Friday, September 22, 2006
There was a coup in my carpool this morning. Rebels threatened to overthrow the control of my Eddie Bauer Expedition. Historians will call it the "Eddie Bauer Rebellion".
Pulling into the school morning line, we knew instantly that we might be late. The traffic lady was blowing her whistle and waving her arms, just not at us. Lines of cars were moving, just not ours. And the car's digital clock ticked on. And Eddie Bauer's 6 teenage passengers became more agitated.
Having been late two a.m.'s previous and having been assigned tardy detentions, I admit I didn't blame them.
But the "unspeakable" was spoken.
"When she (the whistle-blowing director, not me the driver) isn't looking, " they whispered, "we could jump out and run through the middle school parking lot!" The plan was formed. Grabbing their athletic bags, backpacks, lunch sacks, and band instruments, they prepared for their escape.
"No!" I pleaded, "You can't do that! If everyone jumped out and a made a dash it would be mass chaos, danger, and confusion. But, worst of all, the director lady would blow her whistle at ME!" The shame. The social embarrassment.
"What are they going to do?" the main revolutionista sneered with eyes of steely determination scanning the perimeter, hand firmly gripping the door latch, "make YOU go to detention? I won't be late again." (Note to self: Pray harder for God to give this 17 year old his own car.)
Twelve eyes pierced through the back of my head. Air of tension. Clock is ticking. Who would reign supreme in this Eddie Bauer rebellion? Desperately, I searched my mom- files for a weapon that could end this coup.
Aha! It came. "If you pull the latch on that door and jump out of this car...." I had to utter a threat I never imagined I would ever hear myself speak. "...you will NOT go squirrel hunting this weekend." There I had said it.
Touche. End of revolt. I reign supreme. With a deathblow to their leader, the war had ended. And the would-be revolutionistas made it on time. A blood vow was taken to never be that late again. But, should there be a next-time, I don't know if I will be able to hold them back.
But, then again, there is always deer season....
Wednesday, September 13, 2006
Life is fluid like a mountain stream. We desperately try to make it more like the river stones over which the water flows - smooth and stable, but our attempts are feeble. Life continues; unstoppable. The seasons change, and I feel the change coming now.
It's now cool in the mornings, cool enough for a sweatshirt. I see some yellow leaves popping up on a nearby tree. My summer zinnias are looking weary of blooming. A change is coming.
My dad is walking quite a bit slower these days. My youngest son is dreaming of the deep voice we expect will arrive any week now. My oldest has his eyes set toward college, and he spent last weekend out-of-town hunting with a buddy - no adults. Wow. What a far place from watching him ride away on his training wheeled bike - out of my reach where if he fell I wouldn't be able to catch him. I remember being afraid that day because I could see him, but I couldn't touch him. Kinda like a mama bird watching from a distance as her baby bird flies. I know training wheels aren't like flying, but it seemed so extreme and risky at the time. Would he remember to look for cars as he had been taught?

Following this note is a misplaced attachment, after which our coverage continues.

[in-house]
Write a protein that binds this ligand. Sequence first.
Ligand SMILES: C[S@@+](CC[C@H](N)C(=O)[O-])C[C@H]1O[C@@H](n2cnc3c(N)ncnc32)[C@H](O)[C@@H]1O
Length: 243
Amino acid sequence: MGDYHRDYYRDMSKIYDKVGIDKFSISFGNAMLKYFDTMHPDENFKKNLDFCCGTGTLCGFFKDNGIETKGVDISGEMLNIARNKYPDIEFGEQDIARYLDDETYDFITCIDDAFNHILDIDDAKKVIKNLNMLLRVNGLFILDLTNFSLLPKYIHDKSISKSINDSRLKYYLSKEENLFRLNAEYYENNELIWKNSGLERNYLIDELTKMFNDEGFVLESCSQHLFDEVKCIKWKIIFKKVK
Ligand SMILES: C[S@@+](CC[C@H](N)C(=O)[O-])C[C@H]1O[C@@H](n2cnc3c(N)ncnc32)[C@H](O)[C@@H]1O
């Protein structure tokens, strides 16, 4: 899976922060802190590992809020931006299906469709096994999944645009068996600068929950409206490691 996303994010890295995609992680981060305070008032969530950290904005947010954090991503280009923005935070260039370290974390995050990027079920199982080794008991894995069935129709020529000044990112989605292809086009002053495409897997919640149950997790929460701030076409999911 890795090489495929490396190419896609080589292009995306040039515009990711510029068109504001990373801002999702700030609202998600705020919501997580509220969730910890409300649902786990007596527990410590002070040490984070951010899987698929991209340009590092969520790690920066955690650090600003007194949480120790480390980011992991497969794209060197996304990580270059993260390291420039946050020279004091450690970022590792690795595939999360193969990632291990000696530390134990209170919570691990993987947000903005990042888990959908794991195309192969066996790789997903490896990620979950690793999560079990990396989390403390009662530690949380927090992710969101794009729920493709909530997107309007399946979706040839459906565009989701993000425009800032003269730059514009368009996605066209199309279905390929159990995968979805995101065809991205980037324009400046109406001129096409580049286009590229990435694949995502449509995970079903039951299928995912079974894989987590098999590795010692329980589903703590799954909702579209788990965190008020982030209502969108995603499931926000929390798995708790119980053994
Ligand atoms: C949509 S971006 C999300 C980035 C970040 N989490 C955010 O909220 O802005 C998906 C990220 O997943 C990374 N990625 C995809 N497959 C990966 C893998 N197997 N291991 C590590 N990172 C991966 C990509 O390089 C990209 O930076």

The season is changing. In a blink there will be one, maybe two less plates at the Thanksgiving table. Just a few turns of the calendar pages and my hunter won't be leaving his stinky socks in the bathroom, in the hallway, on his bedroom floor.
Life is flowing swiftly. Time truly waits for no man. Today I won't be who I was yesterday. Every glance in the morning mirror reflects a wrinkle that wasn't quite there the day before.The season is changing, and, like a mountain stream, the season's change can not be stopped.
(Added January 2009) P.S. Thanksgiving 2008, in fact, did bring two empty plates to the family table. One, was my Cadet's and the other my dad's. My dad suffered a stroke September 2008 and died from complications December 12,2008. The season has changed. Carpe Diem.
Friday, September 8, 2006
Tangible mail. Paper mail. Mail you can hold in your hand. Mail you can stick in a desk drawer, store in the attic, or smell. Mail with real stamps.
I love to know my postman's name - mine is Calvin. And I still like the title "postman" rather than "mail carrier".
I anticipate that time in the day when my dogs announce the delivery, when I cease from activity, sit on the porch and sort through the mail.
It's mostly junk, but catalogs are worth a quick peruse before arriving at their final destination in the bathroom. Total trash: circular file. The rest is sorted by family names. My pile is stacked similarly to the way in which I eat - least desirable to best. A handwritten note on interesting stationery will always go straight to the bottom to be opened last like savoring a chocolate creme brule after a tasty meal.
It's not something about which we speak aloud, but there is a bit of competitiveness between my husband and I regarding mailtime. A twinge of disappointment comes if he gets to the mail first. I actually enjoy the total experience- squeaky metal mailbox lid, reaching down into the unknown retrieving whatever lies within.
Home after an out-of-town trip, mail opening comes before unpacking the car.
E-mail is great, and I use it. But nothing could ever replace a handwritten note. Pen and paper still best expresses heartfelt emotion, gratitude, appreciation, love, and friendship. There's a sense of permanence to it. Paper mail will never be replaced